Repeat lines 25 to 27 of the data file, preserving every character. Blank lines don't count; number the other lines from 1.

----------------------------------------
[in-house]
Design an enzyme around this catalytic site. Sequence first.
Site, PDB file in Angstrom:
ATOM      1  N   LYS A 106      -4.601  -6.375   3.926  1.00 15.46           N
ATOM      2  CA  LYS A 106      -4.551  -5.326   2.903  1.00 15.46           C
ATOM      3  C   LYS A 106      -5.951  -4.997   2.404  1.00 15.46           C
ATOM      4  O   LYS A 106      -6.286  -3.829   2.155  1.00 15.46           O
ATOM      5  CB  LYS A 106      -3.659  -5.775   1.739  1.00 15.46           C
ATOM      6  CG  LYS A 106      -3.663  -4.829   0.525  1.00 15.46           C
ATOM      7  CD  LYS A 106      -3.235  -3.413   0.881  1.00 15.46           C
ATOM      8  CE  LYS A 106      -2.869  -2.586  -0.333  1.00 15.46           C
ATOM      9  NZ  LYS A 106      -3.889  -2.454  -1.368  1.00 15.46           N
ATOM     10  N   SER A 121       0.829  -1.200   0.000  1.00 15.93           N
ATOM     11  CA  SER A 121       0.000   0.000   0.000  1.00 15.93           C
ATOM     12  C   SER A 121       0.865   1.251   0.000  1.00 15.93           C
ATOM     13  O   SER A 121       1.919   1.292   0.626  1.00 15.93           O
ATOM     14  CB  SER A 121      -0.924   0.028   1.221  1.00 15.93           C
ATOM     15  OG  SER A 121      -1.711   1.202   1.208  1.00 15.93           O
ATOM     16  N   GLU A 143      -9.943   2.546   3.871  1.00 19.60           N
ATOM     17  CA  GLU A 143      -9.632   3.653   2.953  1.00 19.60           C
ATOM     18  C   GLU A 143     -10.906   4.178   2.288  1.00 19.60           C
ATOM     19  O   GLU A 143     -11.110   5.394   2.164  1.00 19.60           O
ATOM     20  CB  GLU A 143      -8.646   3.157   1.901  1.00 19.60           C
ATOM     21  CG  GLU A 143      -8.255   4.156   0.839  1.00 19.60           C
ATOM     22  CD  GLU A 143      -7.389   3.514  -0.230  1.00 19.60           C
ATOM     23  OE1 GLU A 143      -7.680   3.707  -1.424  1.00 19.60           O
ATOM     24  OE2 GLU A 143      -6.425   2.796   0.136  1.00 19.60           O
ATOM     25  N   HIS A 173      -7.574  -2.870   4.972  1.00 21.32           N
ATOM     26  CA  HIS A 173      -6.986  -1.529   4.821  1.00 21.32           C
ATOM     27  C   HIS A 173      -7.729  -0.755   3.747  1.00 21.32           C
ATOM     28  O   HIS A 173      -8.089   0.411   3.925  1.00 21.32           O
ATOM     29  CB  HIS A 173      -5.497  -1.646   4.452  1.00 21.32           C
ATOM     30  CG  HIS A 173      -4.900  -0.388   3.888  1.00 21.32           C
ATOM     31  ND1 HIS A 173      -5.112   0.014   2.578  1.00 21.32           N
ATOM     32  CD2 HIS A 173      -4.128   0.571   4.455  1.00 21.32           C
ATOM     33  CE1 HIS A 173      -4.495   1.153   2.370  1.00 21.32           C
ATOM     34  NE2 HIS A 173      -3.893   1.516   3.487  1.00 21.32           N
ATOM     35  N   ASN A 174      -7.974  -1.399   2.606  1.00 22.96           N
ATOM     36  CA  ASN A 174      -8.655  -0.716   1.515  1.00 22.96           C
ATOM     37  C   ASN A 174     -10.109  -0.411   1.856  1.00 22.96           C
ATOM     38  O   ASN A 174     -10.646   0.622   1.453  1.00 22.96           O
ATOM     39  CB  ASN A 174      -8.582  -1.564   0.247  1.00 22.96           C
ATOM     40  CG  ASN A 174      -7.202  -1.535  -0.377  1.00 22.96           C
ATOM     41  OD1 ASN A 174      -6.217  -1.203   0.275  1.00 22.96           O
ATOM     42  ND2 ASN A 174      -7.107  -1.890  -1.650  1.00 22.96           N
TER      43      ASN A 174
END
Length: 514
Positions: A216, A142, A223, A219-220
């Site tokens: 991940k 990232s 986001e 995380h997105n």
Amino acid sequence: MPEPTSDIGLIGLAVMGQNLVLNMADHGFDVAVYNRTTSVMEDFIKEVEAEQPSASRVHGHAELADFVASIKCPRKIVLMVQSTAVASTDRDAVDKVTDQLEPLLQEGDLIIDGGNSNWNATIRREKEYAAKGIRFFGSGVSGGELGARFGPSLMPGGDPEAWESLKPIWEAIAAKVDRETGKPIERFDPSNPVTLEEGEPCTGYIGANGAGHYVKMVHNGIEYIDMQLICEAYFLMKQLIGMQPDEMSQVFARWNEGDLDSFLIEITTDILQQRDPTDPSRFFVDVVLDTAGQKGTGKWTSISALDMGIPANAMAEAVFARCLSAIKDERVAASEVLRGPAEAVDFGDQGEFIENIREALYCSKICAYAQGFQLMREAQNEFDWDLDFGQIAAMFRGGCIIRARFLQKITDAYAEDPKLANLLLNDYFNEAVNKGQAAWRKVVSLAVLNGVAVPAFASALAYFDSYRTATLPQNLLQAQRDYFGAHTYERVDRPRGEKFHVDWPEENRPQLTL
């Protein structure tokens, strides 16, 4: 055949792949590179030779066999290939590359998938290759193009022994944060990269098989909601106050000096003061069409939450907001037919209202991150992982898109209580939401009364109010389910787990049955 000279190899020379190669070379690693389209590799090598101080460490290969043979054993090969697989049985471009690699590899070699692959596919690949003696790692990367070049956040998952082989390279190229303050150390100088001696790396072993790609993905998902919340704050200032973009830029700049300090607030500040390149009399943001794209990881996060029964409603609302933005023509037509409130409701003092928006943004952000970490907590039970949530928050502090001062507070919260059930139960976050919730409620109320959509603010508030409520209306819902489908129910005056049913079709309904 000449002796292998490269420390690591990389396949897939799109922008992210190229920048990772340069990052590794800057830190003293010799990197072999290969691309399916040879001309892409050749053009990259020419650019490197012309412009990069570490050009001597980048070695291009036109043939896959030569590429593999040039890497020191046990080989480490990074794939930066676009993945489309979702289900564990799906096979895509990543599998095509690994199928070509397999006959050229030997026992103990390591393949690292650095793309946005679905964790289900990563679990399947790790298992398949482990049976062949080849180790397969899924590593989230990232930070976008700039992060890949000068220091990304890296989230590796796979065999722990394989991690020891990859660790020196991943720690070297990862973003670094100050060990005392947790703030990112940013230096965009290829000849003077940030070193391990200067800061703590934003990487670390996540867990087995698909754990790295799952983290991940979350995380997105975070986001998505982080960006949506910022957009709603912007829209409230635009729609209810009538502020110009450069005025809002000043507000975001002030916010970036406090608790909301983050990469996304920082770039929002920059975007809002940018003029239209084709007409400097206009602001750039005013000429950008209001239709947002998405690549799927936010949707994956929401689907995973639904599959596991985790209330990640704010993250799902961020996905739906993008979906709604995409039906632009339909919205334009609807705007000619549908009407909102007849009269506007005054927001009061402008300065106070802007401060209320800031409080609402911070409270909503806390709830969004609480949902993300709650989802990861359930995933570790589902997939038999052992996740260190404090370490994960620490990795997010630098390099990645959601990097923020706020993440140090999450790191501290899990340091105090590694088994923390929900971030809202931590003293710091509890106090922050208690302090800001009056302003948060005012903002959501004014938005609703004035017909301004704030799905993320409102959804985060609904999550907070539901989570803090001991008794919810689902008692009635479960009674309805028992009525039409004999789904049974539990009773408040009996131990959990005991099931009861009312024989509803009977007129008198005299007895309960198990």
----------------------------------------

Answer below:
ATOM     22  CD  GLU A 143      -7.389   3.514  -0.230  1.00 19.60           C
ATOM     23  OE1 GLU A 143      -7.680   3.707  -1.424  1.00 19.60           O
ATOM     24  OE2 GLU A 143      -6.425   2.796   0.136  1.00 19.60           O